Ali Erturk, a Salt Lake City ninth grader, was in the middle of building a backyard trout pond for his dad when he stumbled upon what he thought was an animal bone. Digging deeper, Erturk ran into another piece of bone, but this time it was clearly a human skull. Local officials have since confirmed that Erturk discovered an archeological site containing 1,000-year-old American Indian remains.
"When I saw it looked like a human skull, then it definitely was a bit creepy. … It kind of stayed in the back of my mind even when I wasn't digging the pond, going to sleep, it was in the back of my mind that it was human remains," Erturk said of his discovery.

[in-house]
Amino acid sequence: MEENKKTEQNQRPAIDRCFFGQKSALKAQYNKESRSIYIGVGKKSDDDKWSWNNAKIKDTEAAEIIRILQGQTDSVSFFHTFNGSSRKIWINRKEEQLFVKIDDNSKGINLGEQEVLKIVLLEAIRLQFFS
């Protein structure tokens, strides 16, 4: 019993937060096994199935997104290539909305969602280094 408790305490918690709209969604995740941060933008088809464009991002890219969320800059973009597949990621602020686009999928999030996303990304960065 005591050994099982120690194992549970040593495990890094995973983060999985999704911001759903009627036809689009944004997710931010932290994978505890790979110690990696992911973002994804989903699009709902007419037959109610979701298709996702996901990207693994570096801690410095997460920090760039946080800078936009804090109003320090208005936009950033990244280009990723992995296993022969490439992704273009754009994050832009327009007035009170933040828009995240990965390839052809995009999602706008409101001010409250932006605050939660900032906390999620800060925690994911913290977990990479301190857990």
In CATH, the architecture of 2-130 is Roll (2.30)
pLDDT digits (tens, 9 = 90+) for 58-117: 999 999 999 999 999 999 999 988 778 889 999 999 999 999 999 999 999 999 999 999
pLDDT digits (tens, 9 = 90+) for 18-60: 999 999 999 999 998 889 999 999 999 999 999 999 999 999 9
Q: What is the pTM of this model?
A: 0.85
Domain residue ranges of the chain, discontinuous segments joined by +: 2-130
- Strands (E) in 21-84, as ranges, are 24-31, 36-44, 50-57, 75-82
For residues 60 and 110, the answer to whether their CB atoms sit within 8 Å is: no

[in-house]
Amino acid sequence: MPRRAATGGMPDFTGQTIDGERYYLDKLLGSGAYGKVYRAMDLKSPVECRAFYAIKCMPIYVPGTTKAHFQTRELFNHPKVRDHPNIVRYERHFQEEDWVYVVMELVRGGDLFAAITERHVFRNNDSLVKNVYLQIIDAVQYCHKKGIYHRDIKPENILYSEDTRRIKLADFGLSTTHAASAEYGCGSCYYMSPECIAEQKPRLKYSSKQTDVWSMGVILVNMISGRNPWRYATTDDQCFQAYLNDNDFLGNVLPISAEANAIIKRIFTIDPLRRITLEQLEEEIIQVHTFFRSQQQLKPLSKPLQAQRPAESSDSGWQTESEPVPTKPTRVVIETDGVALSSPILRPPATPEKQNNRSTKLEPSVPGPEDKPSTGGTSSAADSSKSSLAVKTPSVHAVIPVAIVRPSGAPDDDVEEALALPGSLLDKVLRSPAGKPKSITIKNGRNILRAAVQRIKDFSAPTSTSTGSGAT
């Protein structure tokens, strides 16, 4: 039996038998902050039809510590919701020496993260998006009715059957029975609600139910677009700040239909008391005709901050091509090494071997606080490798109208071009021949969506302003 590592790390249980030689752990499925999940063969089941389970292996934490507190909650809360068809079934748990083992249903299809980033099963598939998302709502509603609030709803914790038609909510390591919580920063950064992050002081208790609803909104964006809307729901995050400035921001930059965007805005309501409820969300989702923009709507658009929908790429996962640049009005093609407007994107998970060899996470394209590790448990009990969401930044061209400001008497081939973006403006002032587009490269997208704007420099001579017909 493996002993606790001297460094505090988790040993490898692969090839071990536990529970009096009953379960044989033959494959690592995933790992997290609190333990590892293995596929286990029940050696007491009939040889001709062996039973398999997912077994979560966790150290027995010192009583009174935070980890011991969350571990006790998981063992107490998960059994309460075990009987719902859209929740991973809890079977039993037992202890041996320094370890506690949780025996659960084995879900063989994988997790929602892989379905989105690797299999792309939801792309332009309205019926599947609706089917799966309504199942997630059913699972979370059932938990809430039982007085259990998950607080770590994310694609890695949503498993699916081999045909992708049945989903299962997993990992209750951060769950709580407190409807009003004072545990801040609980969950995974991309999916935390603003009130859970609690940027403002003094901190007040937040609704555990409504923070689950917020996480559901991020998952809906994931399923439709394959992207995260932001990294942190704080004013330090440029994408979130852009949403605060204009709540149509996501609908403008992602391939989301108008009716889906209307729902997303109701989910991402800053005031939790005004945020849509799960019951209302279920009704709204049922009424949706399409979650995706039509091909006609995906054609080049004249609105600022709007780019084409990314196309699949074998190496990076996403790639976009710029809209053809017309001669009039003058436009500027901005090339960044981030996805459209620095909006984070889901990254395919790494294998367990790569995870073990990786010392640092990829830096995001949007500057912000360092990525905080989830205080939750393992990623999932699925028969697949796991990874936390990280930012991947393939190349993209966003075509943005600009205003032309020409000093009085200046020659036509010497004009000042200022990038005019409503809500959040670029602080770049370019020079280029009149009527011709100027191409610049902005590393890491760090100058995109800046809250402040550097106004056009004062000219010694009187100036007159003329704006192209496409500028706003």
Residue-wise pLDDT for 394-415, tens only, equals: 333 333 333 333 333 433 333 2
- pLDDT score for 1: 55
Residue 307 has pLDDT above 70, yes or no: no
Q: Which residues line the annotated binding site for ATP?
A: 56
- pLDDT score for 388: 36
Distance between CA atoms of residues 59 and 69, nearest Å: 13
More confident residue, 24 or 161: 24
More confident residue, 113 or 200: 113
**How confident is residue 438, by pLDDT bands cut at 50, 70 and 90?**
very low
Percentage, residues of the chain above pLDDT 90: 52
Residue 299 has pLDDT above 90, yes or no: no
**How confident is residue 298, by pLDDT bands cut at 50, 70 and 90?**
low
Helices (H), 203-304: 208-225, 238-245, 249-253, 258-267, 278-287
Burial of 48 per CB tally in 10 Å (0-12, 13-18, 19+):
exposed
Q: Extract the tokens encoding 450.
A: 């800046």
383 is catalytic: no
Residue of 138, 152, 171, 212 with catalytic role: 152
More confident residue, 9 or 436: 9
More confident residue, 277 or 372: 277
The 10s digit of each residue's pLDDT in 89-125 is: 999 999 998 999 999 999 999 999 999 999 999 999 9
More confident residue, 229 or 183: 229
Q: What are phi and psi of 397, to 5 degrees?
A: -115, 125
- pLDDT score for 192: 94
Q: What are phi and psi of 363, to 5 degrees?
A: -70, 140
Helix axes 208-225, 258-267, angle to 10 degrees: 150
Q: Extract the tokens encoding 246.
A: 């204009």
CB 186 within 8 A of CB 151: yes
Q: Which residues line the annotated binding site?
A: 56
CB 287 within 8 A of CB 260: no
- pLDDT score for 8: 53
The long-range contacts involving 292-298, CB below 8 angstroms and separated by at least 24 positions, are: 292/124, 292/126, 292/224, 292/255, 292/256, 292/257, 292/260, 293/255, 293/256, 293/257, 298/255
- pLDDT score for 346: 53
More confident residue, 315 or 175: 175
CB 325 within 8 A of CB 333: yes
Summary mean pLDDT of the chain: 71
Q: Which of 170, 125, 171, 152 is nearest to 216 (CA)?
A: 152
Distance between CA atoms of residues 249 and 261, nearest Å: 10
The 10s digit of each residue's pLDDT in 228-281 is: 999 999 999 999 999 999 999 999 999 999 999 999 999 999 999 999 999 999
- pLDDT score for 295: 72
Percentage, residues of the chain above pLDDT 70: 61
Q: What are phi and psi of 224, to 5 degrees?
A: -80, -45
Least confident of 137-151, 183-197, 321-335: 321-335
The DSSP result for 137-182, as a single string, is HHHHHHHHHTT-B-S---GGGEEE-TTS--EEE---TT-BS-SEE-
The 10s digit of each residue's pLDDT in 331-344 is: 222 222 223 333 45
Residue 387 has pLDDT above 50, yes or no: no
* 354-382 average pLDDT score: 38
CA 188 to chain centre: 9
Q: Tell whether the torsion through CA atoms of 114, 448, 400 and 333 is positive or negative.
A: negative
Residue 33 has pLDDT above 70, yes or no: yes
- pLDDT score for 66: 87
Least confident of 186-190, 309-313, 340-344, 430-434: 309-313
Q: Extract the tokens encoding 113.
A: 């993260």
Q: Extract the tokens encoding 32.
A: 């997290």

The Utah Department of Heritage spent most of Friday at the site, confirming that the bones dated back some 1,000 years and likely belonged to an American Indian from the region.
Erturk stumbled upon the archeological site when he was expanding a section of the pond to make it a bit deeper. He noticed the first bone about six feet below the surface.
American Indian remains aren't uncommon in Utah—groups like the Shoshone and the Utes have lived there for 10,000 years—but private-property findings are always a bonus.